Al-Ata was considered as an institution in himself and was involved in planning attacks against Israel, manufacturing arms and long-range rocket launching capabilities. He had survived several assassination attempts by Israel, including during Operation Pillar of Defense in 2012, and in 2014 when his home was struck.
Despite constantly switching homes, his luck ran out four years ago when a missile fired by an IAF jet, whose pilot had been provided with exact intelligence on where he was sleeping, fired a missile into his bedroom.
“We were the ones who mapped the home of Baha Abu al-Ata,” F told the Magazine as we sat in his office. “It took only a few hours.”
Following the targeted assassination, the group fired over 400 rockets and mortars toward southern and central Israel in less than 50 hours. But the military still considers the targeted assassination a success, one that removed one of Gaza’s most problematic leaders.
IT’S NOT just threats close to Israel’s borders that keep the troops of this elite unit busy. They are part and parcel of Israel’s war-between-wars campaign (known in Hebrew as MABAM).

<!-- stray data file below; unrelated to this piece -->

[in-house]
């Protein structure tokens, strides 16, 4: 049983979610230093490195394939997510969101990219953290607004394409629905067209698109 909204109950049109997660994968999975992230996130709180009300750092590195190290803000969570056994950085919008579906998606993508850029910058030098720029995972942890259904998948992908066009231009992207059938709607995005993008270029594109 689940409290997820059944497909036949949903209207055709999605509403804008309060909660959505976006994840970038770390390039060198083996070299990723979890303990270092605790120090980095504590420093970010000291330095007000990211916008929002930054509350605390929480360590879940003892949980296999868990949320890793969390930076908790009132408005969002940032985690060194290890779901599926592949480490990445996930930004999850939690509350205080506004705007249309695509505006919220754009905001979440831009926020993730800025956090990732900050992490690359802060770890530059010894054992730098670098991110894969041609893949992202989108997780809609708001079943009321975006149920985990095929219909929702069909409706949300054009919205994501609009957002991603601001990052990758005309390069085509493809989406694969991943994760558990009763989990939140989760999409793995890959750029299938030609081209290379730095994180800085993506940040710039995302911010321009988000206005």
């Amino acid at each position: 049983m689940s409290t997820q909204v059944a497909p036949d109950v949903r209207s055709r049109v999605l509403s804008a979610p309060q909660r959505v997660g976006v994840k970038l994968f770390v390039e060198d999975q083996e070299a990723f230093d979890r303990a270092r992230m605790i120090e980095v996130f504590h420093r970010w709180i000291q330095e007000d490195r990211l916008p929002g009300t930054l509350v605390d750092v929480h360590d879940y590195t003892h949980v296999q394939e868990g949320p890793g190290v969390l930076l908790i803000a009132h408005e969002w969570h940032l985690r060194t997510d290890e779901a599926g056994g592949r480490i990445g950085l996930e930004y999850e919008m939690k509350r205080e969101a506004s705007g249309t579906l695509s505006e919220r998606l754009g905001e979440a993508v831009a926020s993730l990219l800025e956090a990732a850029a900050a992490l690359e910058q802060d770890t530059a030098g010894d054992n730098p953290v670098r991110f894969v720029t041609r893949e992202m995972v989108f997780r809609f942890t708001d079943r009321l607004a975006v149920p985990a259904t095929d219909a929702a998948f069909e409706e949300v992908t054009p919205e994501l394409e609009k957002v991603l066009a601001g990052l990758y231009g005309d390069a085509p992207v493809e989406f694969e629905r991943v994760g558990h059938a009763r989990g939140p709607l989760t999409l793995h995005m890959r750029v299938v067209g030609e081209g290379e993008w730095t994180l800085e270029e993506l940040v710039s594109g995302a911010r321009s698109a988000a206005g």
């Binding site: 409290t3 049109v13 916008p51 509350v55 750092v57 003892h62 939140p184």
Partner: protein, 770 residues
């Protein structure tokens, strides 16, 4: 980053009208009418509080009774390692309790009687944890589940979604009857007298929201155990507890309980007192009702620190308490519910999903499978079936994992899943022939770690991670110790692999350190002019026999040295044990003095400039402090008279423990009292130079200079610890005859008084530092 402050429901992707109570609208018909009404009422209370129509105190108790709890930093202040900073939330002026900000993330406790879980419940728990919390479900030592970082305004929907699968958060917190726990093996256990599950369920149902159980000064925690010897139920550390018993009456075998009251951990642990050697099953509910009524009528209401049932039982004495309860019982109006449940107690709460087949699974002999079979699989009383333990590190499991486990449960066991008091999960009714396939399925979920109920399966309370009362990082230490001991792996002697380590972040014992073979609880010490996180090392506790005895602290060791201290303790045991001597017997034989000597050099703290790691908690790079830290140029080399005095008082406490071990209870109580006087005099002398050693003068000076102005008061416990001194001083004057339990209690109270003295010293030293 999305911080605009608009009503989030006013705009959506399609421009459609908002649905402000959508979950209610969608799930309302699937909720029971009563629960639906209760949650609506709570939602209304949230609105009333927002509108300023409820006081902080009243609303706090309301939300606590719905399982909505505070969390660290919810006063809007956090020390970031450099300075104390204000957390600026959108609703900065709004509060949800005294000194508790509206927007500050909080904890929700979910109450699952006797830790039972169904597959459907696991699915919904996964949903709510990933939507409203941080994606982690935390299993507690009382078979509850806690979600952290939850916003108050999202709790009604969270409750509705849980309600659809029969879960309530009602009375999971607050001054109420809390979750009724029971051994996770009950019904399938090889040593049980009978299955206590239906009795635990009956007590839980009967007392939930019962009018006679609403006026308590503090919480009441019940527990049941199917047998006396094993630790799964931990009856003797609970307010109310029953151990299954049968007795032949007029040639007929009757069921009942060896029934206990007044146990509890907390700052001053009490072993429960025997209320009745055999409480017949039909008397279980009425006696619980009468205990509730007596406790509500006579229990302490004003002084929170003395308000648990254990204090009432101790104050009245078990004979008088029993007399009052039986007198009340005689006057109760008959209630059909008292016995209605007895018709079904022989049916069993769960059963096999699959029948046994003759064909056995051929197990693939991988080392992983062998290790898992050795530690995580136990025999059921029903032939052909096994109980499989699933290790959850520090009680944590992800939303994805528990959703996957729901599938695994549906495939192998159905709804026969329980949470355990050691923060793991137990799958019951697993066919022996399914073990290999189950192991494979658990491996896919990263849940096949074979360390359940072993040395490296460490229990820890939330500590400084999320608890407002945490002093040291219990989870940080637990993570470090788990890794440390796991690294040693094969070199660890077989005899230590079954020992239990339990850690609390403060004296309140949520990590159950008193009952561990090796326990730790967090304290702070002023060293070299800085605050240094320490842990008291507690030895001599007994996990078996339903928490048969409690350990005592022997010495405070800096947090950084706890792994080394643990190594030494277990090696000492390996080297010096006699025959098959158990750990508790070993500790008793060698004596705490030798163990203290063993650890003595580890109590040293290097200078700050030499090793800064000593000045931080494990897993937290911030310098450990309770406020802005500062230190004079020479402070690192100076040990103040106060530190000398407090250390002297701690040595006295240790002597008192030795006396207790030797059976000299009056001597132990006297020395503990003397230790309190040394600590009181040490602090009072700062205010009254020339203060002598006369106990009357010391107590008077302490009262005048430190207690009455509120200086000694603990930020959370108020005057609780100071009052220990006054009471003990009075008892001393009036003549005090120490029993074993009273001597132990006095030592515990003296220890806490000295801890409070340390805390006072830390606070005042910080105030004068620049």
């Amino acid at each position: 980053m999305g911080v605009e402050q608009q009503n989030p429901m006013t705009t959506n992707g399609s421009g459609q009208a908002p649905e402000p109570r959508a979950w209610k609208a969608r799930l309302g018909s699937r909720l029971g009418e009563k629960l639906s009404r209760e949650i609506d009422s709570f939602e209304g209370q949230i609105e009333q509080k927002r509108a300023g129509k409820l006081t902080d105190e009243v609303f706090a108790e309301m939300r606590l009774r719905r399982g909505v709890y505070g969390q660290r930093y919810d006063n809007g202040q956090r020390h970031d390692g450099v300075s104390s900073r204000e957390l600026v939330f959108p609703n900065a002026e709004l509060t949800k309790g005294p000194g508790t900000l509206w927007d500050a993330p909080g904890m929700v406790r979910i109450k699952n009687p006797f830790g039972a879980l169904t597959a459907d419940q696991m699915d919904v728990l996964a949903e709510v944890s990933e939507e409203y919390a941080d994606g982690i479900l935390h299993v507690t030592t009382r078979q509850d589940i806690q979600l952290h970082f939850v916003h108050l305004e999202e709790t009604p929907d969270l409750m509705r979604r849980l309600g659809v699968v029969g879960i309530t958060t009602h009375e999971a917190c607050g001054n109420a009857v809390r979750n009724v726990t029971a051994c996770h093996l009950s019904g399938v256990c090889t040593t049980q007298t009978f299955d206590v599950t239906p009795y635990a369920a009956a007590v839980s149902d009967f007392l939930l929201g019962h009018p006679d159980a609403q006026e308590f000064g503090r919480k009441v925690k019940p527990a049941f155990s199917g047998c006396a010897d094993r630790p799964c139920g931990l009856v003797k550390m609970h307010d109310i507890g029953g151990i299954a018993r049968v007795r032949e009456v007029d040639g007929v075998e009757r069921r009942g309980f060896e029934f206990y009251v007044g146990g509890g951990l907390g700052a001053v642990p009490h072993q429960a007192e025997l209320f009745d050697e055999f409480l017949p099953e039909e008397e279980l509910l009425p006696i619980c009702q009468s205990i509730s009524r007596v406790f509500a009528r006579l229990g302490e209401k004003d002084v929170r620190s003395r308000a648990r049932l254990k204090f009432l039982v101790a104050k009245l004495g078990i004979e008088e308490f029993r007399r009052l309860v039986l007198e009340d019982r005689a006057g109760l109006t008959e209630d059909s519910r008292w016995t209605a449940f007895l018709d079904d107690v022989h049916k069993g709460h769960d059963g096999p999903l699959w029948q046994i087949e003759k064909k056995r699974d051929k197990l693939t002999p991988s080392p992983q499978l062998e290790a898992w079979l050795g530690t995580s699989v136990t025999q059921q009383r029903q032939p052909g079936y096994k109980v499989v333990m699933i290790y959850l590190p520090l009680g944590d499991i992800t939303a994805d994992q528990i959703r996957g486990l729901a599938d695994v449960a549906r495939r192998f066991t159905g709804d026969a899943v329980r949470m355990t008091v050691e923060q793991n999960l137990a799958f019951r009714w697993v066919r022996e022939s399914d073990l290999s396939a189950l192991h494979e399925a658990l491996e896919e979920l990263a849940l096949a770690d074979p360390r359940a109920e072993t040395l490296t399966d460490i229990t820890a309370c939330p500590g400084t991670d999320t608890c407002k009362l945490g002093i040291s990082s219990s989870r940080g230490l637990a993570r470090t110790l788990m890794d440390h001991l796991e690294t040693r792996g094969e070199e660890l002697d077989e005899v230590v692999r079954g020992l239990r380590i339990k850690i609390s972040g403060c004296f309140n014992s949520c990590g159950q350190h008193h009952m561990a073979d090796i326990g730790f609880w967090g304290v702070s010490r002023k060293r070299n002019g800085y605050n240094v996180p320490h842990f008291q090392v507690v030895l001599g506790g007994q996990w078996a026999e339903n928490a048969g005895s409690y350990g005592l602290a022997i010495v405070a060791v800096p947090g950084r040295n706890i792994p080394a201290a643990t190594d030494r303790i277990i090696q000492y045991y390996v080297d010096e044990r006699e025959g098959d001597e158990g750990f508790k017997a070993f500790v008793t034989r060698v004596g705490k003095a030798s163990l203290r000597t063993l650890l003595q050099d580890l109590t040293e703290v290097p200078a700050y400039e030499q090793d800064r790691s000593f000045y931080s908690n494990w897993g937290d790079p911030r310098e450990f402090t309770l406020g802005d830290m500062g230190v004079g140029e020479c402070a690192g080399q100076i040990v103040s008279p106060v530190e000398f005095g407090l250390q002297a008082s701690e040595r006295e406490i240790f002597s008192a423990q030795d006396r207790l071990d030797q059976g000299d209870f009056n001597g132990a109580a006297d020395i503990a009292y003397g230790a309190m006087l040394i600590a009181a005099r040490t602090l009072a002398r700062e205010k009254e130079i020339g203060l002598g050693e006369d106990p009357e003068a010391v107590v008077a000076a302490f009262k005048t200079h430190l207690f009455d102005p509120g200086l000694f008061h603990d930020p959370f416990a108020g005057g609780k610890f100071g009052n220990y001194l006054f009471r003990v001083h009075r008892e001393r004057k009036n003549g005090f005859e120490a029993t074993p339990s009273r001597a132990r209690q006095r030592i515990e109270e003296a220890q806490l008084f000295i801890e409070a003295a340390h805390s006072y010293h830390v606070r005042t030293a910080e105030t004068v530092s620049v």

With Israel concerned by Iran’s growing hostility in the region, troops from the unit have been keeping a close eye on the Islamic Republic with its army of satellites, the latest one – Israel Aerospace Industries’ Ofek 16 – having been launched last July.
Like other reconnaissance satellites launched by Israel since its satellite program began in 1988, Ofek 16 will be used to monitor threats facing Israel. The Ofek 16 carries Elbit’s electro-optic, high-resolution camera which can photograph 15 sq.km. with each shot at a resolution of 50 cm. from an altitude of 600 km.
Israel is one of only 13 countries with satellite launching capabilities, and like Israel’s Air Force, the satellite industry is a key component of the Jewish state’s strategic military capabilities. They are the real eye-in-the-sky, keeping a close eye on Israel’s enemies 24/7 from afar.
Although the exact number of Israeli satellites in orbit remains classified, they are reported to number in the double-digits. When it comes to their use, the unit is responsible for all satellites.
And while most satellites have a lifetime of several operational years before they go out of service, satellites built by IAI, like the Ofek 5 launched in 2002, continue to operate far longer than the design specifications said it would.